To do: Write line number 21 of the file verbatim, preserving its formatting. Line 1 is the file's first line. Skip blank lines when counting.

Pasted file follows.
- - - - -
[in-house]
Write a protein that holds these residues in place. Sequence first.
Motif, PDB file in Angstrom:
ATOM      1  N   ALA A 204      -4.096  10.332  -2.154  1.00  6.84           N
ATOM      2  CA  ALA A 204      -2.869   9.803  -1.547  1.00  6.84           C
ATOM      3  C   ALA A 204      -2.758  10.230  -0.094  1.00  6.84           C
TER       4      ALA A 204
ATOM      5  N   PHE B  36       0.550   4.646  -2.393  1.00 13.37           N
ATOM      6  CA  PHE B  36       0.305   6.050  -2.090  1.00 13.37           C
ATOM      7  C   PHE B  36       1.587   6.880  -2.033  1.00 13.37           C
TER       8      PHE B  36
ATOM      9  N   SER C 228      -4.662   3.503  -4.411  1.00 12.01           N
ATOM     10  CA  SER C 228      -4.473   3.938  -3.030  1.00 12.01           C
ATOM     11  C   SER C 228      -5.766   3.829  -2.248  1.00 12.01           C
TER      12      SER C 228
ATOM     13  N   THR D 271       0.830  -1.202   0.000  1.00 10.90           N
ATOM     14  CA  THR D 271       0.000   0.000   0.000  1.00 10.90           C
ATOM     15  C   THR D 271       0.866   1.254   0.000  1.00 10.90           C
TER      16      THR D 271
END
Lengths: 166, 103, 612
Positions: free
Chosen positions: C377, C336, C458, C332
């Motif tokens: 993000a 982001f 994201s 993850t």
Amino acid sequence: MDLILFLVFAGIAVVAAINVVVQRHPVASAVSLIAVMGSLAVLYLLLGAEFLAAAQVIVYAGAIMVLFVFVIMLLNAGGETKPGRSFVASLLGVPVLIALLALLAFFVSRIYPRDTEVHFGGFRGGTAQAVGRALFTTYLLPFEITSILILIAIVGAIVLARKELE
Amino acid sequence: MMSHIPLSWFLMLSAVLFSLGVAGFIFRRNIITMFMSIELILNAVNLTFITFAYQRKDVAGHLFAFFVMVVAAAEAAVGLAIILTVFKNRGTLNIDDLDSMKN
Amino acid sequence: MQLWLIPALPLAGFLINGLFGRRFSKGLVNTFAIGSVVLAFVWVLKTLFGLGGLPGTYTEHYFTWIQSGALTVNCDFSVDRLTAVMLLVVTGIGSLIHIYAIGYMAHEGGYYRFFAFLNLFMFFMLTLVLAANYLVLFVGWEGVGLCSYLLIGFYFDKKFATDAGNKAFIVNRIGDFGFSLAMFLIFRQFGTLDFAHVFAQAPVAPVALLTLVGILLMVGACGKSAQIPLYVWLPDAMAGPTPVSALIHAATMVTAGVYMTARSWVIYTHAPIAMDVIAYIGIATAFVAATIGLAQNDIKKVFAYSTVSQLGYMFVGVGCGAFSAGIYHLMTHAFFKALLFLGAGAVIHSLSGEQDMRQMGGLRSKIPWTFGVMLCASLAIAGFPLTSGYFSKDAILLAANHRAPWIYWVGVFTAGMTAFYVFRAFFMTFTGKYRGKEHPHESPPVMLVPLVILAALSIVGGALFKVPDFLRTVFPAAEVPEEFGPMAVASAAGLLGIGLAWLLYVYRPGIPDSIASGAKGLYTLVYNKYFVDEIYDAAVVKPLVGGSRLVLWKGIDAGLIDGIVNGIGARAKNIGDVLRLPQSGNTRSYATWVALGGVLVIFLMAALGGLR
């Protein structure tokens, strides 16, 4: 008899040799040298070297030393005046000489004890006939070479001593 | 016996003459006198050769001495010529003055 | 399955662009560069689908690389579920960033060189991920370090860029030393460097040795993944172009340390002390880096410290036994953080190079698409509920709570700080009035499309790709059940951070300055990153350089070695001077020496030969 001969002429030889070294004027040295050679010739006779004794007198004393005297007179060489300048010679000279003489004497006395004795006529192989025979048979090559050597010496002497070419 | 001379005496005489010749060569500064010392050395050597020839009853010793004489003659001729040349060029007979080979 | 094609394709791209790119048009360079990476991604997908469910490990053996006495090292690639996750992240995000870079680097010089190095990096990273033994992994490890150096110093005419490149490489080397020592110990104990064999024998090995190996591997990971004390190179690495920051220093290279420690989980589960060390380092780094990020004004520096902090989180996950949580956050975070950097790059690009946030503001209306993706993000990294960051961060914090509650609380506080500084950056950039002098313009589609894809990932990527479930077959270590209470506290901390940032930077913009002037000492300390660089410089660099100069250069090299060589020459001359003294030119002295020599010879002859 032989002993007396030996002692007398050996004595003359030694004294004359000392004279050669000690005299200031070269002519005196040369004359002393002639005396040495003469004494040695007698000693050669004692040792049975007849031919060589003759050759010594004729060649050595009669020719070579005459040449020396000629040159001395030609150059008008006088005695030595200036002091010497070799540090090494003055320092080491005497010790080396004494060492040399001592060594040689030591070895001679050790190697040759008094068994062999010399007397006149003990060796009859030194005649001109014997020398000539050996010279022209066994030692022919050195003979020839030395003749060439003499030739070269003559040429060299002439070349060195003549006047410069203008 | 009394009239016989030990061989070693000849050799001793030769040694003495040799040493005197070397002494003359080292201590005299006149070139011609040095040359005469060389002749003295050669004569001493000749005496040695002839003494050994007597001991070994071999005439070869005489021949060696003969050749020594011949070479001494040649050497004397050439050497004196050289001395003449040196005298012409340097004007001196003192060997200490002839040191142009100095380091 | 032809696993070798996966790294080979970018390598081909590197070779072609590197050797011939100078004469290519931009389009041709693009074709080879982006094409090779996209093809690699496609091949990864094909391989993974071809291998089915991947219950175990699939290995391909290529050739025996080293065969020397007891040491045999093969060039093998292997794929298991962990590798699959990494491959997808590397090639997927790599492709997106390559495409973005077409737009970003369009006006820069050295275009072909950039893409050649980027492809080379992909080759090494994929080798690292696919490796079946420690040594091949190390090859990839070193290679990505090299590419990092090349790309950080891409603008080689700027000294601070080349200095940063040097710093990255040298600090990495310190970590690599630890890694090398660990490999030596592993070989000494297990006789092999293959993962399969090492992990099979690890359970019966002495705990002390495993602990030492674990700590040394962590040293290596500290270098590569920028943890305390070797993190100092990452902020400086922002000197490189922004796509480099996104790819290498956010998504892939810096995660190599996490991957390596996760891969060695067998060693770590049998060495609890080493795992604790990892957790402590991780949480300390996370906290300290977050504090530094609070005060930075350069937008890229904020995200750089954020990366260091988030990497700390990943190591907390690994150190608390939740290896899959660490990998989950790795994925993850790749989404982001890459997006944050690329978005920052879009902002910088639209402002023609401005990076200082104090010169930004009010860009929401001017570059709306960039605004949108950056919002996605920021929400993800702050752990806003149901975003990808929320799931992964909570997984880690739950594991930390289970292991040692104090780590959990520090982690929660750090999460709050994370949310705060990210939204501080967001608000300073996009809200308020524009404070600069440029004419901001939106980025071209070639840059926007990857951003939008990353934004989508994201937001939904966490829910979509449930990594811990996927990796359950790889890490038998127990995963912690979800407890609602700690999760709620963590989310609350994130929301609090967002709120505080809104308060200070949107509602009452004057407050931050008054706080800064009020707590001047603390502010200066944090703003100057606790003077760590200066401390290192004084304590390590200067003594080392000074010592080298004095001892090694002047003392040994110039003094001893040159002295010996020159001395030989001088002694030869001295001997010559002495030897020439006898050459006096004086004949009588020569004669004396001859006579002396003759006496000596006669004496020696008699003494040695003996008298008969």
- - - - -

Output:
Lengths: 166, 103, 612